It can be shown that optimal efficiency is possible by constraining the relationship between the expansion ratios of the gas-generator turbine 104 and the free power turbine 105 such that the second derivative of the quadratic function mapping said expansion ratios to one another lies in a certain range. The inventors have surprisingly found that efficiency is particularly optimal over the range of non-dimensional power outputs of the free power turbine 104 if this second derivative is constrained within the range of from 0.6 to 1.0. Particularly high efficiency is found in the first derivative of the speed lies in the range of from 0.7 to 0.9, and even more particularly from 0.76 to 0.86 In the present implementation, the first derivative is constrained to be 0.82, resulting in optimal specific fuel consumption from idle to maximum power.

Various examples have been described, each of which feature various combinations of features. It will be appreciated by those skilled in the art that, except where clearly mutually exclusive, any of the features may be employed separately or in combination with any other features and the invention extends to and includes all combinations and sub-combinations of one or more features described herein.

Claims

1. A turboshaft gas turbine engine comprising, in fluid flow series, a gas-generator compressor, a combustor, a gas-generator turbine, and a free power turbine;

wherein the expansion ratios of the turbines are dependent upon an outlet temperature of the combustor, and an expansion relationship between the turbines is defined as the ratio of expansion ratios of the turbines over a running range of non-dimensional power outputs of the gas turbine engine;
wherein a second derivative of the expansion relationship is from 0.6 to 1.0.

2. The gas turbine engine of claim 1, wherein a second derivative of the expansion relationship is from 0.7 to 0.9.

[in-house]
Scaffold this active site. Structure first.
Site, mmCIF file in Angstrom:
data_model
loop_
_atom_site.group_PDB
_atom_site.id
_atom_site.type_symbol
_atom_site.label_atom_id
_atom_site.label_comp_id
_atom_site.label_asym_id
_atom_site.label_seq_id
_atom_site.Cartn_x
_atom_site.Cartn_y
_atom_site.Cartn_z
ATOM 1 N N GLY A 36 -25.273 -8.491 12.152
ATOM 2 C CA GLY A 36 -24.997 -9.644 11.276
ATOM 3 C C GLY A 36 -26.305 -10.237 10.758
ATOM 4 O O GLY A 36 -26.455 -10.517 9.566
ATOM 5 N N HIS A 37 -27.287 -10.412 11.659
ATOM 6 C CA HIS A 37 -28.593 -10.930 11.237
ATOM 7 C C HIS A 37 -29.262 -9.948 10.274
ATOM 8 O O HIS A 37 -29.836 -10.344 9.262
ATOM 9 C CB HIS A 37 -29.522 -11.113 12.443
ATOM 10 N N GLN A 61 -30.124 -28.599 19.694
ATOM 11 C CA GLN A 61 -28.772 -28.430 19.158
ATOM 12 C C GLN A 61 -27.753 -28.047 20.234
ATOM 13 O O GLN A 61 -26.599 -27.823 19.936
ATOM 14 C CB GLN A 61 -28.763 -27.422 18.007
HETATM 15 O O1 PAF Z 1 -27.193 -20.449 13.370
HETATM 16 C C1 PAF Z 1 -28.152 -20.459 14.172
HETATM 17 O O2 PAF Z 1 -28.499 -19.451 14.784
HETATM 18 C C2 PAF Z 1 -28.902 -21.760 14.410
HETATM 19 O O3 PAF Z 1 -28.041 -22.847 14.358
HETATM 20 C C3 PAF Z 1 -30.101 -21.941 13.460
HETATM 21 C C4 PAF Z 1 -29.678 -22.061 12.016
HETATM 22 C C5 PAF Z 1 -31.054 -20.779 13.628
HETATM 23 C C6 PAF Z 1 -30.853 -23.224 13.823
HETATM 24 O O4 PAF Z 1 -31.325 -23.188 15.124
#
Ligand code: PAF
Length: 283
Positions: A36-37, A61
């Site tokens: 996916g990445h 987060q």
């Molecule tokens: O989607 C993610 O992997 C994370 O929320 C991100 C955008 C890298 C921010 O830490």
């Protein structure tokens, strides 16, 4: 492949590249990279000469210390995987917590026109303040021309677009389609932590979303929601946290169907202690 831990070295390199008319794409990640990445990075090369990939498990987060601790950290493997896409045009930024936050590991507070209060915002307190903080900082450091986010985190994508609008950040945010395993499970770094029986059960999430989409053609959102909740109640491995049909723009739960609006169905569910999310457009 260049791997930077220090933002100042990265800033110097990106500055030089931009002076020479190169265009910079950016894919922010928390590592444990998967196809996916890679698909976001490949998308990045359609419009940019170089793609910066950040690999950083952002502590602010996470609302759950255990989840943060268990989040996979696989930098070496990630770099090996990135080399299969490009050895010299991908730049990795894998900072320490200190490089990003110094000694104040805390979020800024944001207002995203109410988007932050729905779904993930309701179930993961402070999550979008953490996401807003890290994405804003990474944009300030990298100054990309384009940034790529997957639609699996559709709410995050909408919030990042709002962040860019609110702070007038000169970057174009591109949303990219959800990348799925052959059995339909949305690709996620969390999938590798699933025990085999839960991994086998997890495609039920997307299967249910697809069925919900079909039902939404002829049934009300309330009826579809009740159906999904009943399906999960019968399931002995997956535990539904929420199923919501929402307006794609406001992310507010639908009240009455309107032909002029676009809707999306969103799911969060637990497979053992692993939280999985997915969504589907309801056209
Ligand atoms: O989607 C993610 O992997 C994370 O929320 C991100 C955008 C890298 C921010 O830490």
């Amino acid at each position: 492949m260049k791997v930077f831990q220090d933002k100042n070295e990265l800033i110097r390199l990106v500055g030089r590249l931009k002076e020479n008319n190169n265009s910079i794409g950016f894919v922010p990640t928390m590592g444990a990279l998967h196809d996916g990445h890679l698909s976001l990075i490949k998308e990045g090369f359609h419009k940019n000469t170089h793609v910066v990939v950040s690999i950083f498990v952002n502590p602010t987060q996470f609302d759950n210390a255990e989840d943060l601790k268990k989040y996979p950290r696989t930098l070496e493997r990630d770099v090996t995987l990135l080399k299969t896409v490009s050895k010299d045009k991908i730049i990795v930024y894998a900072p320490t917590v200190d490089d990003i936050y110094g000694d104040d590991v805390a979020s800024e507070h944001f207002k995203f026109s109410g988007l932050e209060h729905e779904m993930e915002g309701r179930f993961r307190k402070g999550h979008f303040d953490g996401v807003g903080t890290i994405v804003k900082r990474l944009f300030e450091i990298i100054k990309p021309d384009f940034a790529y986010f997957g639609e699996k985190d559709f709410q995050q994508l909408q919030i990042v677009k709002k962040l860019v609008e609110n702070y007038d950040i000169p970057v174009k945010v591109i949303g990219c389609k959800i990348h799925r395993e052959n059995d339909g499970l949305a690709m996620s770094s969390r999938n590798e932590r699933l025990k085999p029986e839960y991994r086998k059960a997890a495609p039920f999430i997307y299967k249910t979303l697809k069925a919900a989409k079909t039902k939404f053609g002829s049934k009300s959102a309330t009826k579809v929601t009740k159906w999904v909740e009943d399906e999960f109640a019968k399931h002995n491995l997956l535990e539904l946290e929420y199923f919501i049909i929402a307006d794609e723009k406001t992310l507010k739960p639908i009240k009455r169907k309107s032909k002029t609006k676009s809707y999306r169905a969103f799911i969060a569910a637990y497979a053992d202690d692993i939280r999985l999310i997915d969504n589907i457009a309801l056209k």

3. The gas turbine engine of claim 1, wherein:

the gas-generator turbine is a single-stage turbine; and
the free power turbine a single stage turbine.

4. The gas turbine engine of claim 3, wherein a ratio of a turbine blade stress parameter (AN2) of the gas-generator turbine to the turbine blade stress parameter of the free power turbine is from 0.7 to 2.3.

5. The gas turbine engine of claim 4, wherein said ratio of the turbine blade stress parameters is from 0.8 to 1.7.

6. The gas turbine engine of claim 3, wherein a ratio of a turbine disc stress parameter (U/√T) of the gas-generator turbine to the turbine disc stress parameter of the free power turbine is from 1 to 1.7.

7. The gas turbine engine of claim 6, wherein said ratio of the turbine disc stress parameters is from 1.3 to 1.4.

8. The gas turbine engine of claim 1, wherein:

the gas-generator turbine is a single-stage turbine; and
the free power turbine is a two-stage turbine.

9. The gas turbine engine of claim 8, in which a ratio of the stress parameter (AN2) of the gas-generator turbine to the stress parameter of the first stage of the free power turbine is from 0.54 to 1.4.

10. The gas turbine engine of claim 8, in which a ratio of the stress parameter (AN2) of the gas-generator turbine to the stress parameter of the second stage of the free power turbine is from 0.62 to 1.

11. The gas turbine engine of claim 8, in which a ratio of a turbine disc stress parameter (U/√T) of the gas-generator turbine to the turbine disc stress parameter of the second stage of the free power turbine is from 0.92 to 1.5.

12. The gas turbine engine of claim 8, in which said ratio of a turbine disc stress parameters is from 1.1 to 1.22.

13. The gas turbine engine of claim 8, in which the gas-generator turbine comprises a stator having from 14 to 30 nozzle guide vanes.

14. The gas turbine engine of claim 8, in which the gas-generator turbine comprises a rotor having from 30 to 60 turbine blades.

15. The gas turbine engine of claim 8, in which a ratio of the number of nozzle guide vanes in the stator to the number of turbine blades in the rotor is from 0.23 to 1.

16. The gas turbine of claim 1, in which the gas-generator turbine and the free power turbine are arranged to contra-rotate.

Patent History
Publication number: 20210222617
Type: Application
Filed: Oct 1, 2020
Publication Date: Jul 22, 2021
Applicants: ROLLS-ROYCE plc (London), ROLLS-ROYCE DEUTSCHLAND LTD & CO KG (Blankenfelde-Mahlow)
Inventors: Rory D. STIEGER (Derby), Mark D. TAYLOR (Derby), Erik JANKE (Berlin)
Application Number: 17/060,986
Classifications
International Classification: F02C 3/10 (20060101); F02C 7/36 (20060101);